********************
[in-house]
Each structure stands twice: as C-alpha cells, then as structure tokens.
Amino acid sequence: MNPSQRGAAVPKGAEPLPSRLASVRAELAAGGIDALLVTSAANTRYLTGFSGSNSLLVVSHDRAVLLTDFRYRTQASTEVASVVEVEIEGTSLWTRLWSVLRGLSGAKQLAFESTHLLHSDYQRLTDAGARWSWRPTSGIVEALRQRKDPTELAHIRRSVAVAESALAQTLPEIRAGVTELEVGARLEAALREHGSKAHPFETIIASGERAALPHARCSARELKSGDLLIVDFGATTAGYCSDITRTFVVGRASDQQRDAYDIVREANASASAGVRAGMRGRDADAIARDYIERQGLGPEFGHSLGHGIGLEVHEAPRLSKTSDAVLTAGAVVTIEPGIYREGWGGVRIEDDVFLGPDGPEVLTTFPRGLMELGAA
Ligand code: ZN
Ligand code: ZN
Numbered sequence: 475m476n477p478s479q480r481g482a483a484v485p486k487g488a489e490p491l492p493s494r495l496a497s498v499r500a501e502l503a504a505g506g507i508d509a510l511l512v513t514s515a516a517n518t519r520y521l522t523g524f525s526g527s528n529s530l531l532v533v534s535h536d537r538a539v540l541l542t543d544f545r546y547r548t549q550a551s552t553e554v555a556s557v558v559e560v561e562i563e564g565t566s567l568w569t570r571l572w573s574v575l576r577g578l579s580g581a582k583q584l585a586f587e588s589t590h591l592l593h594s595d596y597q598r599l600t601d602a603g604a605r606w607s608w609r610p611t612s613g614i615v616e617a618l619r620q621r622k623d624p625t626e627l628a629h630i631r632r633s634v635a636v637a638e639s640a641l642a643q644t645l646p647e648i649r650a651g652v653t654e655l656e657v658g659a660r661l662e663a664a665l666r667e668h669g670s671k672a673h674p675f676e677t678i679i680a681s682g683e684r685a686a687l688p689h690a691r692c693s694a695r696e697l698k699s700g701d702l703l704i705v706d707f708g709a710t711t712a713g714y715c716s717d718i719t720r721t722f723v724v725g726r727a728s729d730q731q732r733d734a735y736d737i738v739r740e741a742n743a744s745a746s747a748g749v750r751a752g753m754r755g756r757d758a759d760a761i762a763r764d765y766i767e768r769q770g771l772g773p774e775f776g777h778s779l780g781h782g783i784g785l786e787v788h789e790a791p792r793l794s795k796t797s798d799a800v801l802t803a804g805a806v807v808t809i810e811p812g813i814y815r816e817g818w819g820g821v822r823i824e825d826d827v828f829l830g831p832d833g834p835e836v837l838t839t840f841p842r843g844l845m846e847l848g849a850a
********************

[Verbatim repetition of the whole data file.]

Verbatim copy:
[in-house]
Each structure stands twice: as C-alpha cells, then as structure tokens.
Amino acid sequence: MNPSQRGAAVPKGAEPLPSRLASVRAELAAGGIDALLVTSAANTRYLTGFSGSNSLLVVSHDRAVLLTDFRYRTQASTEVASVVEVEIEGTSLWTRLWSVLRGLSGAKQLAFESTHLLHSDYQRLTDAGARWSWRPTSGIVEALRQRKDPTELAHIRRSVAVAESALAQTLPEIRAGVTELEVGARLEAALREHGSKAHPFETIIASGERAALPHARCSARELKSGDLLIVDFGATTAGYCSDITRTFVVGRASDQQRDAYDIVREANASASAGVRAGMRGRDADAIARDYIERQGLGPEFGHSLGHGIGLEVHEAPRLSKTSDAVLTAGAVVTIEPGIYREGWGGVRIEDDVFLGPDGPEVLTTFPRGLMELGAA
Ligand code: ZN
Ligand code: ZN
Numbered sequence: 475m476n477p478s479q480r481g482a483a484v485p486k487g488a489e490p491l492p493s494r495l496a497s498v499r500a501e502l503a504a505g506g507i508d509a510l511l512v513t514s515a516a517n518t519r520y521l522t523g524f525s526g527s528n529s530l531l532v533v534s535h536d537r538a539v540l541l542t543d544f545r546y547r548t549q550a551s552t553e554v555a556s557v558v559e560v561e562i563e564g565t566s567l568w569t570r571l572w573s574v575l576r577g578l579s580g581a582k583q584l585a586f587e588s589t590h591l592l593h594s595d596y597q598r599l600t601d602a603g604a605r606w607s608w609r610p611t612s613g614i615v616e617a618l619r620q621r622k623d624p625t626e627l628a629h630i631r632r633s634v635a636v637a638e639s640a641l642a643q644t645l646p647e648i649r650a651g652v653t654e655l656e657v658g659a660r661l662e663a664a665l666r667e668h669g670s671k672a673h674p675f676e677t678i679i680a681s682g683e684r685a686a687l688p689h690a691r692c693s694a695r696e697l698k699s700g701d702l703l704i705v706d707f708g709a710t711t712a713g714y715c716s717d718i719t720r721t722f723v724v725g726r727a728s729d730q731q732r733d734a735y736d737i738v739r740e741a742n743a744s745a746s747a748g749v750r751a752g753m754r755g756r757d758a759d760a761i762a763r764d765y766i767e768r769q770g771l772g773p774e775f776g777h778s779l780g781h782g783i784g785l786e787v788h789e790a791p792r793l794s795k796t797s798d799a800v801l802t803a804g805a806v807v808t809i810e811p812g813i814y815r816e817g818w819g820g821v822r823i824e825d826d827v828f829l830g831p832d833g834p835e836v837l838t839t840f841p842r843g844l845m846e847l848g849a850a